There were 9.6 million people in the U.S. that watched the finale of Downton Abbey. That’s the market that Vauxhall has in the U.S. Take it. Most of those people don’t drive GM cars, I bet. Vauxhall makes a number of models that would be star performers in the upper middle class of the U.S. While GM may not think it is possible to to launch Vauxhall in the U.S. The Astra and Insignia model lines, named something normal like Cavalier and Wyvern, would be a start; their estates (i.e. station wagons) and saloons (use the Brit term) would be sensations in affluent zip code school pickup lines, and connect the American market to Canada. What if they explored the ISIS killing war vehicle market, under the guise of the old Churchill tank program during World War II? Of course some of these are sold as Buicks, already.
Below, a view of what the Vauxhall was in the early 1970s.
The other thing Vauxhall needs to do is drop with the social responsibility drivel. A recent report had CEO Mary Barra say this useless bit of “report” on renewable energy. Report on buying electricity through expensive agreements. Really?
By obtaining this power through Power Purchase Agreements, we are enabling third-party investment to support the growth of the wind industry.
Are you serious? GM is a car company, doing interesting and quite amazing things with batteries. That you want to clutter up nature with ugly wind farms when your batteries, powered by nuclear, are doing more than their part on this issue? Makes no sense. Focus on profits. Plus, in reality, GM is a company that needs internal combustion and gasoline to work. And that will be the case for a long time, as cheap as gas is these days. Vauxhall would do better to spend a million to launch a bike company under the Vauxhall brand.
There is a thought about selling an asset of a company. To evaluate what brands to sell, or what assets (factory, ships, etc), you have to weigh not only the issue at hand (i.e. losses and cost) but what the sale will do the trajectory and future of the company. Are these assets that are key to the future or are they dragging you down to places you don’t want to go.
Volkswagen dealers go mad when they company flirts with the idea of leaving the U.S. market, and still thinking they can sell Porsches and Audis. Alan Brown, Chairman of Volkswagen’s dealer Council, told Bloomberg Business Week recently something that also applies to GM, namely, ““We’ve got to be a real brand — and that means you have to go after sales volume, said Brown. “Anything else will be unacceptable.”
And as taxpayers, we know that GM’s and possibly Chrysler’s shrinking brand footprint is not good for the American auto industry. The reality? Why did we bail them out if they want to sell of brands or merge with Chrysler. Echoes of British Leyland, actually.
Nine GM Questions
I am not so naive to think that some of the following questions have not already been asked. Nevertheless, you need to ask questions to change bad habits.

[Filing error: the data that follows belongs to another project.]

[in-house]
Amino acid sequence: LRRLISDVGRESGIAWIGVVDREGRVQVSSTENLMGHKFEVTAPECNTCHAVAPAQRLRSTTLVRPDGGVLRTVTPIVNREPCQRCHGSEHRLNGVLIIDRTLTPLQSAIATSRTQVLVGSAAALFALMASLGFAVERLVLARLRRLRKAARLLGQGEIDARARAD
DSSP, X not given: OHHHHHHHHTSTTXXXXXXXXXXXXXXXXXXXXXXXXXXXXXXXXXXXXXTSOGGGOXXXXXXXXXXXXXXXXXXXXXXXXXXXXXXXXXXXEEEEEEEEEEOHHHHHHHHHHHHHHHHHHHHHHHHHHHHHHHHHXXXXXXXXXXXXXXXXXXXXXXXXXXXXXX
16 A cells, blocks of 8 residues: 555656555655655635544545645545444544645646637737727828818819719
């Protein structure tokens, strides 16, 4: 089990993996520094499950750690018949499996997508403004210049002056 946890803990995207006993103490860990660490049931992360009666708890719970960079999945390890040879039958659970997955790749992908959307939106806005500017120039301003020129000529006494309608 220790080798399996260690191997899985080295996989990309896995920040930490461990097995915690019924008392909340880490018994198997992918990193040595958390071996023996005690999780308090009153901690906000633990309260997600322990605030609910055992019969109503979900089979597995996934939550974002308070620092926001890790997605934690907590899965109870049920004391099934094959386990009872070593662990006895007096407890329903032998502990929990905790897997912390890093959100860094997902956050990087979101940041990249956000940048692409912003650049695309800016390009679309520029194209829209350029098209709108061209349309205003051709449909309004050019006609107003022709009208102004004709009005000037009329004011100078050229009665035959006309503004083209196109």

- What does the sale say about General Motors as a manager of automotive brands, if they cannot sell cars in Europe with great legacies like Vauxhall and Opel?
- What happens when your executives are no longer on a first-hand basis with government and civic and business leaders in the U.K. and Europe? General Motors is a true global company when it has a presence around the globe. Ford will have offices around the world, and can talk to many leaders, but GM will no longer have a seat at the table.
- What ideas from Europe make it into GM cars? What will happen when those connections are lost?
- What sorts of expensive sponsorships (i.e. Vauxhall football to the tune of $500 million) can be cut in order get costs into line? When a company is money losing and paying for team sports, it seems a bit of a waste, eh? Obviously the promotion is not working. Not sure that’s a core part of the business, and I can assure you that there are no U.K. football fans that are choosing Vauxhall based on their sponsorship. How about Vauxhall sponsoring, to a much lesser amount in the six figures, the National Trust?
- Are there other options? If there are yearly losses, you can’t spin off the company, but are there new joint ventures that can transform the business?
- How will the European auto market change if GM leaves and there is one less company?
- What is the future with Brexit? GM sort of blamed issues at Vauxhall to costs related to the value of the pound. But in reality, issues related to currency are always a factor, no matter what happens with politics. In addition, with the U.K. separating from Europe politically, this gives even more reason for GM to have a flank both in Europe and the U.K. More open borders between the U.S. and U.K. would mean incredible possibilities for GM in the U.K., and other Commonwealth countries. The connections between the U.K. and Australia and Africa are strong, and a true future for GM.
- Is China trustworthy? Of course, the Chinese liked Buick, and helped save it. But the reality is that the communists in China would throw GM out in a minute, if they wanted to. Goodbye years of effort. But the U.K. and Germany have been closely allied with Vauxhall and Opel since the company’s inception. These are safe places to have operations overseas.
- Can you ever get the asset back? The answer in this case is no. If 20 years down the line, GM wanted a presence in Europe, it would have to recreate it or buy another company and figure out how to merge two separate car lines. The reality? Don’t ditch an asset if you might need it back.
If it’s key asset, you need to fix it, even if your strategy hasn’t worked so far.